Of course, there are many types of coffee, so I would like a range of lethal dose amounts for the average human, from the mildest of lattes to the most hardcore of espressos.

Pure caffeine's lethal dose is easily calculable, but what about coffee?


According to one reference:

LD$_{50}$ for coffee = 118 servings at 240 ml each; and

LD$_{50}$ for espresso = 175 shots (volume not specified),

for a 75 kg person.

A much more comprehensive quantitative description is given here for the LD$_{50}$ of coffee for an 80 kg person (113 cups at 250 mL each, 135 mg caffeine per serving). They account for half-life of elimination of caffeine, and arrive a the conclusion that one can't actually reach the LD$_{50}$ (15,360 mg) for caffeine due to metabolism, elimination, and the limit on how much water can be processed by the kidneys.

Finally, as noted in the last reference and hinted at above, the amount of water a person would imbibe on the way to reaching the 113 cup total (about 30 L) would likely kill the person (water intoxication).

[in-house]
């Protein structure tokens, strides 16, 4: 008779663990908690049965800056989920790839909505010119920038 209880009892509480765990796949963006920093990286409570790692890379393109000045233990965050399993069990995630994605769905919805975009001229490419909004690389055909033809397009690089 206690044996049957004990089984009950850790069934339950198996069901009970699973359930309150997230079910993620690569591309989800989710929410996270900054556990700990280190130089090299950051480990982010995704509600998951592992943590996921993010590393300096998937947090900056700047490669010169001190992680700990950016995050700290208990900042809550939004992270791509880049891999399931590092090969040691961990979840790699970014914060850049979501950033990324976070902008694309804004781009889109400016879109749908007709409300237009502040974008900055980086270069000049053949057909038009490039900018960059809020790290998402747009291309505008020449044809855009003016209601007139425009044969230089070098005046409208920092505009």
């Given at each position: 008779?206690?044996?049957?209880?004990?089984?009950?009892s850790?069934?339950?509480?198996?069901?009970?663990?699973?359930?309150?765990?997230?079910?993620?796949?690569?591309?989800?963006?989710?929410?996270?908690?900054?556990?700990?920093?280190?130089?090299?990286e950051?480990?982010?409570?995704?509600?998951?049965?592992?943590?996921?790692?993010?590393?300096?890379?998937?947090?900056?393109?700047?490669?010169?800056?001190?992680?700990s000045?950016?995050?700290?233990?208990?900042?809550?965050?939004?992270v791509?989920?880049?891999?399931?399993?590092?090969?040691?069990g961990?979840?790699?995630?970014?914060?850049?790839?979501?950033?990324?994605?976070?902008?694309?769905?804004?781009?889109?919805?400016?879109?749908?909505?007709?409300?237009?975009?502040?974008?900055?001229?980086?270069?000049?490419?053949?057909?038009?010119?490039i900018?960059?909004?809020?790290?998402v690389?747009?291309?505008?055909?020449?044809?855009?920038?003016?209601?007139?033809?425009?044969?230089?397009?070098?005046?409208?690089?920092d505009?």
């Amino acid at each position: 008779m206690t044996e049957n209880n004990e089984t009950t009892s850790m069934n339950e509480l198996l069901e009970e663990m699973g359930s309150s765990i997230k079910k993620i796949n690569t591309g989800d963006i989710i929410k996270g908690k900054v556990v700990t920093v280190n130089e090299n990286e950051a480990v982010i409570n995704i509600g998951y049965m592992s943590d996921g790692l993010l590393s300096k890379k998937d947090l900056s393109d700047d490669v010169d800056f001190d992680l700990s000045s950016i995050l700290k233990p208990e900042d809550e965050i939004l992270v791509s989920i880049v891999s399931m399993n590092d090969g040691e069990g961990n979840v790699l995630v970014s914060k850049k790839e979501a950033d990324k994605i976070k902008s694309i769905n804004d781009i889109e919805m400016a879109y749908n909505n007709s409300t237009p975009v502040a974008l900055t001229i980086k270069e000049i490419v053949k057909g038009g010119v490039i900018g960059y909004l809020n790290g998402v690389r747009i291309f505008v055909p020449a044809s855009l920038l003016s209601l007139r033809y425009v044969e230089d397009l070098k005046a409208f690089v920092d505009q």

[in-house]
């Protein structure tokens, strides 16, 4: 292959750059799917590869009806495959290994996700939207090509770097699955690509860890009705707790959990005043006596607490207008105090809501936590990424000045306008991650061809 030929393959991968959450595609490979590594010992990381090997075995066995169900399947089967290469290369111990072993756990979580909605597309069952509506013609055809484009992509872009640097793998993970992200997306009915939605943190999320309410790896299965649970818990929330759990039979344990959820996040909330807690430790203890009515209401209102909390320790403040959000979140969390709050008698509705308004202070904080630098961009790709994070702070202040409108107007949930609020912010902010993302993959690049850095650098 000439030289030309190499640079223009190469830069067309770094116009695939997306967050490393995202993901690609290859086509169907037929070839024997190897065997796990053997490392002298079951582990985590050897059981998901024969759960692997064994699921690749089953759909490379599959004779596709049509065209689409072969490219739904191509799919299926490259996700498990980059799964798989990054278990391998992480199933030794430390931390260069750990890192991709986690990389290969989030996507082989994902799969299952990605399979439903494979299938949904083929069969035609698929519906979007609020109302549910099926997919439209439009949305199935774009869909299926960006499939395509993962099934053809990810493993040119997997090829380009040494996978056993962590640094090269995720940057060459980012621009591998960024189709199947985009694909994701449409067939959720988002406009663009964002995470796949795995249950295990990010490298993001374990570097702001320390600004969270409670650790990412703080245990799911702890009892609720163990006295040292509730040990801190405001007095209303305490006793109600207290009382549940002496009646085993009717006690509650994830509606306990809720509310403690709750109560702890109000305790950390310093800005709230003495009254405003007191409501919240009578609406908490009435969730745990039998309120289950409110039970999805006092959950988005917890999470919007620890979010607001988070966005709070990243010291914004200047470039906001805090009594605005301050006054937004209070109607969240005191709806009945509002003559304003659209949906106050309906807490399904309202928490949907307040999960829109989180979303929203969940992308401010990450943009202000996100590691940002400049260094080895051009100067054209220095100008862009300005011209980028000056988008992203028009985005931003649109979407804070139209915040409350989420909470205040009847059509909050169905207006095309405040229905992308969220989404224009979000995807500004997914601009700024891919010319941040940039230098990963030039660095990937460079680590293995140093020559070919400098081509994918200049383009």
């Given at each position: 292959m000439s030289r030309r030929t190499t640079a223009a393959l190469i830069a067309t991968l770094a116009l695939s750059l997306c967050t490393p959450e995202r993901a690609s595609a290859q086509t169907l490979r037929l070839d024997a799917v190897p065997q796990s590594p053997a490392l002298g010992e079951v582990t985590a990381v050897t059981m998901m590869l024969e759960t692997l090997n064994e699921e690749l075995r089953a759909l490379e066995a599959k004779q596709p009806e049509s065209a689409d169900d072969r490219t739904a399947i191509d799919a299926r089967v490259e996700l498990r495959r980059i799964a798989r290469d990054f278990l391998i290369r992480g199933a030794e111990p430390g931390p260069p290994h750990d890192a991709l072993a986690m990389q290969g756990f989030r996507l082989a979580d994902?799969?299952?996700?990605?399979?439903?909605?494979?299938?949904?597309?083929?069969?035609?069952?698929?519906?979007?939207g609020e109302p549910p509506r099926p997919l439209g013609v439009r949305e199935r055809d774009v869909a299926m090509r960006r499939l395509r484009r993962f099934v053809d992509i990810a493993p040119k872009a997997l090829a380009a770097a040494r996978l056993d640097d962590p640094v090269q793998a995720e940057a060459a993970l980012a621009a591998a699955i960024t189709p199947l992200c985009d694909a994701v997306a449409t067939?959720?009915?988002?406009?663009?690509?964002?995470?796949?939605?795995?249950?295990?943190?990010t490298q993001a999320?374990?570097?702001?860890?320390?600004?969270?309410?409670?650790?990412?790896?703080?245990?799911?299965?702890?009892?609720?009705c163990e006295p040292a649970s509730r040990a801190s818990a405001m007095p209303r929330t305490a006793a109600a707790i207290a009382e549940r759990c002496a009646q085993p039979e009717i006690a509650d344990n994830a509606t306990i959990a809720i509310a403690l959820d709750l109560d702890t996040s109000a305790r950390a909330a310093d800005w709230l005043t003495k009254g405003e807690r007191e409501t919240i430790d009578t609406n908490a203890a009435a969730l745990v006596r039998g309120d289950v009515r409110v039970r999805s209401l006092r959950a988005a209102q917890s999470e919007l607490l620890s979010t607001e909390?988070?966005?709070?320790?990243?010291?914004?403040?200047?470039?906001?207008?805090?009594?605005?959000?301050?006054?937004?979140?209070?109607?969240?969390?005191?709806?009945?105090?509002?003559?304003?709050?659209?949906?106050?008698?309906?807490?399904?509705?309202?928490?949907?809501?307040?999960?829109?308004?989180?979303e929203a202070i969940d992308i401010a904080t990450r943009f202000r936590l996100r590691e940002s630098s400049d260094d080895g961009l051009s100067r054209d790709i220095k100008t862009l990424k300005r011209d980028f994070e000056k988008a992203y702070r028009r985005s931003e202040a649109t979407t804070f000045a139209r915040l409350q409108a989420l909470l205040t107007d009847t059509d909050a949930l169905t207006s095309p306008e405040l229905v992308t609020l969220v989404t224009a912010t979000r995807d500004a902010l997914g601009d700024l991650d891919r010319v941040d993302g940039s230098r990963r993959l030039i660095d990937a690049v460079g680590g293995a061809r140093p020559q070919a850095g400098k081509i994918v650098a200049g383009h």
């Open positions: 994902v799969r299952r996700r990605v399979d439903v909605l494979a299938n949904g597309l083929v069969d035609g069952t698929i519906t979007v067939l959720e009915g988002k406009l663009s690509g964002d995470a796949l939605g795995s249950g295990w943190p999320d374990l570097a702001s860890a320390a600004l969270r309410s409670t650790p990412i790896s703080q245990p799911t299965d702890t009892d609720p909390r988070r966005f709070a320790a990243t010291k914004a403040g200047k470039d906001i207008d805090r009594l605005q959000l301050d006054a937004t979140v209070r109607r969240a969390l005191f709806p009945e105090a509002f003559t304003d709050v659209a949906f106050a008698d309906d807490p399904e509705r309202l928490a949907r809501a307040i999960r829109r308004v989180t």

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    $\begingroup$ That said individual weaknesses of cardiovascular system of otherwise pretty healthy human may lower the LD dose, and even non-letal but large dose may put one down for a time. $\endgroup$ – permeakra Jul 29 '15 at 17:39
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    $\begingroup$ @permeakra Indeed. Biochemistry and pharmacokinetics aside, I suspect the motor control side effects from this rate of coffee consumption would result in a self-limitation on intake well before reaching a fatal dosage. $\endgroup$ – hBy2Py Jul 29 '15 at 20:43

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